Dynamic Neuromuscular Stabilization ®
Are you looking for the system that use exercises to help your patient? Do you need system that provides exercises for orthopedic, neurological or athletes ? We have something for you!
Dynamic Neuromuscular Stabilization, or “DNS” as it is commonly referred to, is a manual and rehabilita- tive approach to optimize the movement system based upon the scientific principles of developmental kine- siology (DK). The developer of DNS is Professor Pavel Kolar, PT, PhD, a Czech physiotherapist who has been influenced by the “greats” of Prague School of Manual Medicine, including Karel Lewit, Vladimir Janda, Vaclav Vojta and Frantisek Vele. DNS is rapidly gain- ing attention and acceptance in the sports rehabilita- tion and performance arena for both the recovery from musculoskeletal overuse injuries and in injury prevention. The purpose of this clinical commentary is to discuss the background of Dynamic Neuromuscu- lar Stabilization (DNS) and demonstrate its application in rehabilitation, recovery from overuse injuries, and role in return to athletic performance.
The basis for the theories that are included in DK is that development of human motor function in early childhood is genetically pre-determined and follows a predictable pattern. These motor patterns or programs are formed as the central nervous system (CNS) matures, enabling the infant to control posture, achieve erect posture against gravity, and to move purpose- fully via muscular activity. DK emphasizes the exis- tence of central movement patterns that are inborn and “hard-wired”. For example, an infant does not need to be taught when and how to lift its head up, grasp a toy, roll over, creep, or crawl. All these movement pat- terns or muscular synergies occur automatically in a specific developmental sequence throughout the course of CNS maturation.
There is also a strong synchrony between CNS mat- uration and structural or anatomical development of bones, muscles, and other soft tissues. In short, mat- uration of the brain influences development of motor patterns, which in turn, influences structural development. This relationship is very apparent in the presence of a CNS lesion, where this develop- mental synchrony and muscle coordination are adversely affected. The disturbed muscle coordina- tion, soft tissue, and joint development subsequently alters joint position, morphological development, and ultimately, the entire posture.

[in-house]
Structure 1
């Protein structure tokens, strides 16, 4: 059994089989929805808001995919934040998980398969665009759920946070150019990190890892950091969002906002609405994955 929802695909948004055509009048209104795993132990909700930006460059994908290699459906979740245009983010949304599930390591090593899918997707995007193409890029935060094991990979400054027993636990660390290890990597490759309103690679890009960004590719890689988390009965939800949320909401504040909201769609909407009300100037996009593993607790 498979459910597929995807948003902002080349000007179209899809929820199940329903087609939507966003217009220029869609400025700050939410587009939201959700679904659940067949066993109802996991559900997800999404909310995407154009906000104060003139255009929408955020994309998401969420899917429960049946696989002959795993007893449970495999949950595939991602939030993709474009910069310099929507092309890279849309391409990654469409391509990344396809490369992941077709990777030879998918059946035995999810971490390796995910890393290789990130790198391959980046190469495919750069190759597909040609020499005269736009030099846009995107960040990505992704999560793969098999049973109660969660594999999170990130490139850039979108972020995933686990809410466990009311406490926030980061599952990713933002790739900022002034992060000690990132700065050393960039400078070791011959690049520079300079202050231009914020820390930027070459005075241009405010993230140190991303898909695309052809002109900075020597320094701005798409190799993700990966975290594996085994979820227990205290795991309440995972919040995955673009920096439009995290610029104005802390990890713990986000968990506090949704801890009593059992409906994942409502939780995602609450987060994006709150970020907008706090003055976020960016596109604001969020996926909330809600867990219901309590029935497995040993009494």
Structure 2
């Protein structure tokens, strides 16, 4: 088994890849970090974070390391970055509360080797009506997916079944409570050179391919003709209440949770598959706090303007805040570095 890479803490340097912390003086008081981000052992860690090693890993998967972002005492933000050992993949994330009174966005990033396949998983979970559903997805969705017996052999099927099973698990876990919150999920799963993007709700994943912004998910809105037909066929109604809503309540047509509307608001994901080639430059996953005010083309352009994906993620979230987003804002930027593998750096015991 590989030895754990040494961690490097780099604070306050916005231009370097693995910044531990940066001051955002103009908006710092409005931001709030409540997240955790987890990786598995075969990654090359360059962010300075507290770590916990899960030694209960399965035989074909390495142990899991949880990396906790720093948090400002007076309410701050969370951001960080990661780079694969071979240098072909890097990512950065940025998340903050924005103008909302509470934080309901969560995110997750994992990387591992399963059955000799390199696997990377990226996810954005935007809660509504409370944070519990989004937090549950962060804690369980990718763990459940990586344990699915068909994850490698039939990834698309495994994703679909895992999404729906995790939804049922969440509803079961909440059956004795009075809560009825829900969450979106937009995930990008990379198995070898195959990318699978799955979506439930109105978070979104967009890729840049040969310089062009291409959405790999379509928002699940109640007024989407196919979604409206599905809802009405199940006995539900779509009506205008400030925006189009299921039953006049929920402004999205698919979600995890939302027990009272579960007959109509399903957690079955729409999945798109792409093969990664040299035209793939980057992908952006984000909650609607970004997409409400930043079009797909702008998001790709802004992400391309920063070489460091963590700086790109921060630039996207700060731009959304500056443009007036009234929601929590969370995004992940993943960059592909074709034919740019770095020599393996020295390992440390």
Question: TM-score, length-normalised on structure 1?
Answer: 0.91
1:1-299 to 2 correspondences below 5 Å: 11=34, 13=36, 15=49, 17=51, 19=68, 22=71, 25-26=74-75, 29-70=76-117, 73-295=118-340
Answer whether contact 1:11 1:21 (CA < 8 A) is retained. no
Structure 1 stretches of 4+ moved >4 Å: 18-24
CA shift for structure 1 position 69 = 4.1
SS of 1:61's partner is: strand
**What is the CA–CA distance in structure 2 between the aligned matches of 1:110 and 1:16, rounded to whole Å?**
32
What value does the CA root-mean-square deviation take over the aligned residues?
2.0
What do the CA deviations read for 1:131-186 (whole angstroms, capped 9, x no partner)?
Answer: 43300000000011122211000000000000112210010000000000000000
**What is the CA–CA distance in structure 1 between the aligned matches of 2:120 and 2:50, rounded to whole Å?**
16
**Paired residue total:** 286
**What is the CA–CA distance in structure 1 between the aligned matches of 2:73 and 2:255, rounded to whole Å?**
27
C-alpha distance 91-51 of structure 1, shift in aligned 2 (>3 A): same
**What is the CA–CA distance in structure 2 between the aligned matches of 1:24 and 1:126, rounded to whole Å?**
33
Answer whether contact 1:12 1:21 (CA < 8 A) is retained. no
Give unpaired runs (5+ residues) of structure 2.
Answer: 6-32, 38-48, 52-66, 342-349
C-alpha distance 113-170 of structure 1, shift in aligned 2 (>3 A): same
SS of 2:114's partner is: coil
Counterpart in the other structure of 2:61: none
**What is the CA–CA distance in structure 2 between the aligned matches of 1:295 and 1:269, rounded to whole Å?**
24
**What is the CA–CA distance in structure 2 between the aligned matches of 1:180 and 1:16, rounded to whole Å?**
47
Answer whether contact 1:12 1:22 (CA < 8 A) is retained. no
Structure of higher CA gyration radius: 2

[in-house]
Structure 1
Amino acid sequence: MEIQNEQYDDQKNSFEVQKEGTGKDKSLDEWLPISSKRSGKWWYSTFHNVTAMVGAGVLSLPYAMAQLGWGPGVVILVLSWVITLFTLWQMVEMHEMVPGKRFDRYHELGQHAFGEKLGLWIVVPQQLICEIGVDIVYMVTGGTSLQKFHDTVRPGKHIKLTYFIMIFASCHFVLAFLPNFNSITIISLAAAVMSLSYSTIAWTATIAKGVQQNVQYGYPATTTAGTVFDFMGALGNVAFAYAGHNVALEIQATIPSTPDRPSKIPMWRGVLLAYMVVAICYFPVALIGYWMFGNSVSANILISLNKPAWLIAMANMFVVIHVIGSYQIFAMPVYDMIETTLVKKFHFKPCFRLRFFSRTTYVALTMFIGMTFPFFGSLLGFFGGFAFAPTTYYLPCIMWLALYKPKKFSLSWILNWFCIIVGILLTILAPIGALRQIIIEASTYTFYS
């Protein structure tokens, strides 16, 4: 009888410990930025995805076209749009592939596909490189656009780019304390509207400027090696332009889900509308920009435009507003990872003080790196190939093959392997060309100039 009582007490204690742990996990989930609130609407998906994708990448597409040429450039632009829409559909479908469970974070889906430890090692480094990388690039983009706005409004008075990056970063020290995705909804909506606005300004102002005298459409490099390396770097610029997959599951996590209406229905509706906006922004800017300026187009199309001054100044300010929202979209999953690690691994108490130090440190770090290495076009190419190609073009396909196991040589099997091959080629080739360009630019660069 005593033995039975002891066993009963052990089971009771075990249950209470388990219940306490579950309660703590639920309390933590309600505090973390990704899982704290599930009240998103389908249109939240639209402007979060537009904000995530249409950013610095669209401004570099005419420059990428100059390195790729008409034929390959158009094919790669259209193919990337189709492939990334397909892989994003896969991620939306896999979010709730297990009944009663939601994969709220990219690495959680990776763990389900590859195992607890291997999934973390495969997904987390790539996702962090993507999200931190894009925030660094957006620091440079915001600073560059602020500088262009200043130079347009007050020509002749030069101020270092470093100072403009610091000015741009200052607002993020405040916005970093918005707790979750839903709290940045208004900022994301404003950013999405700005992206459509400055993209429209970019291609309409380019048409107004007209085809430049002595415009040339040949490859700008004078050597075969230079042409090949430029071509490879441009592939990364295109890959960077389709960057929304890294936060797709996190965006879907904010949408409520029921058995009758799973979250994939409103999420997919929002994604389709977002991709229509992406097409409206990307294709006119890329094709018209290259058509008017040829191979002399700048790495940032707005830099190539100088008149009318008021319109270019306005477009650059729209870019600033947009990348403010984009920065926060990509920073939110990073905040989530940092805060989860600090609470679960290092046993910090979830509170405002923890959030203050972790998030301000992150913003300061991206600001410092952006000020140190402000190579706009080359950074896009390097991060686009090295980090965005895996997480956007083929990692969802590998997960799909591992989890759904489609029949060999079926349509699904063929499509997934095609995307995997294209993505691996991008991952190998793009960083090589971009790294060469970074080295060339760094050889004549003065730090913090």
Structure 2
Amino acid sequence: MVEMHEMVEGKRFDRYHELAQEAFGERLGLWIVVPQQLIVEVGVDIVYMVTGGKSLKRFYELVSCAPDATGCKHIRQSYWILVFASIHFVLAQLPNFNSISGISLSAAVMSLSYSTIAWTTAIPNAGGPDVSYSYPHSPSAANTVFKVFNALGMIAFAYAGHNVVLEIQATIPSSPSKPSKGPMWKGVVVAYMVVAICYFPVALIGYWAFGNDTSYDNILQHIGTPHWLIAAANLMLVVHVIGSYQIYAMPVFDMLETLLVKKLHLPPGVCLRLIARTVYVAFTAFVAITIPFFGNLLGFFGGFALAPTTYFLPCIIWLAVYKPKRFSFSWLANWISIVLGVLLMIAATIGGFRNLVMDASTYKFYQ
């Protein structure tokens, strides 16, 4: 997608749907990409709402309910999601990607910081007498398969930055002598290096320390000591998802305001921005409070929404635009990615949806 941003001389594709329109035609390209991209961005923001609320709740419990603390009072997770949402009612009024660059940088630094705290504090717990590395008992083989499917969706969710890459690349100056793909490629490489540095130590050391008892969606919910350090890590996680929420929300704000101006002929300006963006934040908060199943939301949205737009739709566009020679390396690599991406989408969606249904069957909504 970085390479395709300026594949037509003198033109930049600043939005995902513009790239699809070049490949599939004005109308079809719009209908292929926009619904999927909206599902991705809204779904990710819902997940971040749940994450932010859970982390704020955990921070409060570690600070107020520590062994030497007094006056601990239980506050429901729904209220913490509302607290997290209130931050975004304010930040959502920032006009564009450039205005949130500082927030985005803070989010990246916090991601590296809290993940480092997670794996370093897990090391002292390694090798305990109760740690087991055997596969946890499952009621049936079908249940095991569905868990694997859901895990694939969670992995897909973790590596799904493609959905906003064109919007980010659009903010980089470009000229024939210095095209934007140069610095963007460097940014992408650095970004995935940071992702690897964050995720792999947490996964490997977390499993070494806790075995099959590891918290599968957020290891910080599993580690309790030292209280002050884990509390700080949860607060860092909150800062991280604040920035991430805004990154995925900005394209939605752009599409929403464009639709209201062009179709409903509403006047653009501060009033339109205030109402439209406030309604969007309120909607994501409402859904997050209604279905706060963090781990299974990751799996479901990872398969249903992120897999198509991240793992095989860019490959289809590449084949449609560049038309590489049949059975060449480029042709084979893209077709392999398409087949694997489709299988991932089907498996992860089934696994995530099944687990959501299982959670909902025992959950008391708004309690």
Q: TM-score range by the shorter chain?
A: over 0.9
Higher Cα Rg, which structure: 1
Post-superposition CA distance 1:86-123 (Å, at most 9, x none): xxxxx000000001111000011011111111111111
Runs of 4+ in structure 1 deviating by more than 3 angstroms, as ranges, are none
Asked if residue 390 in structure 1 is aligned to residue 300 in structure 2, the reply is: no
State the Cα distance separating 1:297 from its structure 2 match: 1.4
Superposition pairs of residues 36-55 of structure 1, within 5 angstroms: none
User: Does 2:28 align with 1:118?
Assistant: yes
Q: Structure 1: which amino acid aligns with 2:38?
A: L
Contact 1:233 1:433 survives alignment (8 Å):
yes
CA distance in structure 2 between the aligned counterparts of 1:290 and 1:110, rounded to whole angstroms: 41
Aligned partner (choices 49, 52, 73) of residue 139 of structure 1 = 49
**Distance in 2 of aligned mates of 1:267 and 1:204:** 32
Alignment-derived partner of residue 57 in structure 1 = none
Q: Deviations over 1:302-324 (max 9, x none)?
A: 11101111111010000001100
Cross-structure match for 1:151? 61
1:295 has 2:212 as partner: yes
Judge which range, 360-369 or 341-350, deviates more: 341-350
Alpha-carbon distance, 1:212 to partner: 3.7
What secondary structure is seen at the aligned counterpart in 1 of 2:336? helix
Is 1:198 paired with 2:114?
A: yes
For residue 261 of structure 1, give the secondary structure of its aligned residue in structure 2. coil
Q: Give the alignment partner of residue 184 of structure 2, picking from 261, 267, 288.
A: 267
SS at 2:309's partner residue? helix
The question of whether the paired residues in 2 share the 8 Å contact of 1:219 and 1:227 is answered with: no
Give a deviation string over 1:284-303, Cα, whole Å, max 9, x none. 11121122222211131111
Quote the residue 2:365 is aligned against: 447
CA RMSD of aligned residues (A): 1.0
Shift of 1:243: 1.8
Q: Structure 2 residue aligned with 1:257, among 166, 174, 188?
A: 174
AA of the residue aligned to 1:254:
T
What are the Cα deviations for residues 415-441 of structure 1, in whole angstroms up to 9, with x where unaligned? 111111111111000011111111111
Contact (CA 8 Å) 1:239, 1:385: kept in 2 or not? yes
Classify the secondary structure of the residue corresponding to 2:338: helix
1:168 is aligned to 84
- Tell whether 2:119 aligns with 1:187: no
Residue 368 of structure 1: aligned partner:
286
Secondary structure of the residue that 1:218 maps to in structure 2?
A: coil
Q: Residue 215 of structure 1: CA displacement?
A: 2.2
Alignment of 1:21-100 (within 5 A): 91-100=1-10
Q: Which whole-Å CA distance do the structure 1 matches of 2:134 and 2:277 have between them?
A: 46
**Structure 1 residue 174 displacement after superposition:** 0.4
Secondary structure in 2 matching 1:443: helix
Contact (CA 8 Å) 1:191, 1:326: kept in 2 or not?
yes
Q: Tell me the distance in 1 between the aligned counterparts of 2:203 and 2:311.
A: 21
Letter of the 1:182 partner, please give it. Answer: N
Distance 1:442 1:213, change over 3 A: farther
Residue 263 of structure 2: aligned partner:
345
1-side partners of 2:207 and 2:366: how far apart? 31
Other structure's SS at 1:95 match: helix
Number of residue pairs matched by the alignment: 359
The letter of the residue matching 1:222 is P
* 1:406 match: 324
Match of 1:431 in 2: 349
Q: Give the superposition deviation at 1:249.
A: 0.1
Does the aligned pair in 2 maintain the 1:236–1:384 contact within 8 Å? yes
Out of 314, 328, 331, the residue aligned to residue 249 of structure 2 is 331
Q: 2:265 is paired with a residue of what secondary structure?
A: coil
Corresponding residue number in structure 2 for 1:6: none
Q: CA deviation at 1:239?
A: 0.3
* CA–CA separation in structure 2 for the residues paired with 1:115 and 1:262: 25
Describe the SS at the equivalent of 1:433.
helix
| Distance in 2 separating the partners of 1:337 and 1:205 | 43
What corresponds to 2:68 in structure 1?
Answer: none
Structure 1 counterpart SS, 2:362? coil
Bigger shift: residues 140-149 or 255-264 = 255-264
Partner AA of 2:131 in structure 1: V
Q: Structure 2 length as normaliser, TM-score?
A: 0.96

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- Module A
- Module B
Course Goals and Description
Improve understanding of the basic principles of developmental kinesiology with an emphasis on development during the first year of life
Identify and describe key milestones in human development
Introduce the three level of sensorimotor control in functional assessment and treatment Demonstrate the relationship between development during the first year of life and pathology of the locomotor system in adulthood
Introduce new terminology pertinent to rehabilitation such as functional joint centration, punctum fixum, punctum mobile and the integrated stabilizing system of the spine
Define ideal postural stabilization from a developmental perspective: intra-abdominal pressure regulation, dual role of the diaphragm in stabilization and respiration, stabilization via co- contraction